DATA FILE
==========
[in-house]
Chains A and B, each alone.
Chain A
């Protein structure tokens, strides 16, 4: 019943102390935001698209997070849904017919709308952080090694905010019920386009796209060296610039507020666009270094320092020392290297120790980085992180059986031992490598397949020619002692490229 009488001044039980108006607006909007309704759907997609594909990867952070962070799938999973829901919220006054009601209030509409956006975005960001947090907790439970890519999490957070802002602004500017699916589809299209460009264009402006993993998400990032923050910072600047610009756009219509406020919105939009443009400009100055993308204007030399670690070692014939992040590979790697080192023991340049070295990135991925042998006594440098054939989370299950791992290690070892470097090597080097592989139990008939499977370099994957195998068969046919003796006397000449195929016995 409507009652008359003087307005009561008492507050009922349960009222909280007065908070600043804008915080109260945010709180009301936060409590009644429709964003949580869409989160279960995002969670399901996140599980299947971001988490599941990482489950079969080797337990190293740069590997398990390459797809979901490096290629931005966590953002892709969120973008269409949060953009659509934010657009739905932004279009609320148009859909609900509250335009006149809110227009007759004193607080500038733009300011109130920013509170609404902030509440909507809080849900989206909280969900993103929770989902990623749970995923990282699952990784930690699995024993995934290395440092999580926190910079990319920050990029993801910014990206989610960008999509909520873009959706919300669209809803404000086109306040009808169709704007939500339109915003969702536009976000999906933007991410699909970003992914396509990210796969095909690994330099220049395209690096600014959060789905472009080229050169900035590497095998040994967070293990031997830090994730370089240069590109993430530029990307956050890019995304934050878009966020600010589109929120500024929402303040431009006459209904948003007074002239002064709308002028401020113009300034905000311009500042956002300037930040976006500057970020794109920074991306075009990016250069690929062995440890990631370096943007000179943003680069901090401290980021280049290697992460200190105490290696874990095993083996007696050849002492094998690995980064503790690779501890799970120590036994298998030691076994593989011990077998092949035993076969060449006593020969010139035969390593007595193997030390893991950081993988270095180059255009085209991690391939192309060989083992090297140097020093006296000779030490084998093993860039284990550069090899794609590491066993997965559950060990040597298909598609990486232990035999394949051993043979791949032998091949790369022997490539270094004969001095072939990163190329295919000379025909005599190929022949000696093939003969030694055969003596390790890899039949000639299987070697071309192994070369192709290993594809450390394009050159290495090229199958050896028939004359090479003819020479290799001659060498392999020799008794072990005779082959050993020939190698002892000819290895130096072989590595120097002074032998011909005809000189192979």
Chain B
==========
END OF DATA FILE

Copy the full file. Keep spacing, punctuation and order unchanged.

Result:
[in-house]
Chains A and B, each alone.
Chain A
């Protein structure tokens, strides 16, 4: 019943102390935001698209997070849904017919709308952080090694905010019920386009796209060296610039507020666009270094320092020392290297120790980085992180059986031992490598397949020619002692490229 009488001044039980108006607006909007309704759907997609594909990867952070962070799938999973829901919220006054009601209030509409956006975005960001947090907790439970890519999490957070802002602004500017699916589809299209460009264009402006993993998400990032923050910072600047610009756009219509406020919105939009443009400009100055993308204007030399670690070692014939992040590979790697080192023991340049070295990135991925042998006594440098054939989370299950791992290690070892470097090597080097592989139990008939499977370099994957195998068969046919003796006397000449195929016995 409507009652008359003087307005009561008492507050009922349960009222909280007065908070600043804008915080109260945010709180009301936060409590009644429709964003949580869409989160279960995002969670399901996140599980299947971001988490599941990482489950079969080797337990190293740069590997398990390459797809979901490096290629931005966590953002892709969120973008269409949060953009659509934010657009739905932004279009609320148009859909609900509250335009006149809110227009007759004193607080500038733009300011109130920013509170609404902030509440909507809080849900989206909280969900993103929770989902990623749970995923990282699952990784930690699995024993995934290395440092999580926190910079990319920050990029993801910014990206989610960008999509909520873009959706919300669209809803404000086109306040009808169709704007939500339109915003969702536009976000999906933007991410699909970003992914396509990210796969095909690994330099220049395209690096600014959060789905472009080229050169900035590497095998040994967070293990031997830090994730370089240069590109993430530029990307956050890019995304934050878009966020600010589109929120500024929402303040431009006459209904948003007074002239002064709308002028401020113009300034905000311009500042956002300037930040976006500057970020794109920074991306075009990016250069690929062995440890990631370096943007000179943003680069901090401290980021280049290697992460200190105490290696874990095993083996007696050849002492094998690995980064503790690779501890799970120590036994298998030691076994593989011990077998092949035993076969060449006593020969010139035969390593007595193997030390893991950081993988270095180059255009085209991690391939192309060989083992090297140097020093006296000779030490084998093993860039284990550069090899794609590491066993997965559950060990040597298909598609990486232990035999394949051993043979791949032998091949790369022997490539270094004969001095072939990163190329295919000379025909005599190929022949000696093939003969030694055969003596390790890899039949000639299987070697071309192994070369192709290993594809450390394009050159290495090229199958050896028939004359090479003819020479290799001659060498392999020799008794072990005779082959050993020939190698002892000819290895130096072989590595120097002074032998011909005809000189192979």
Chain B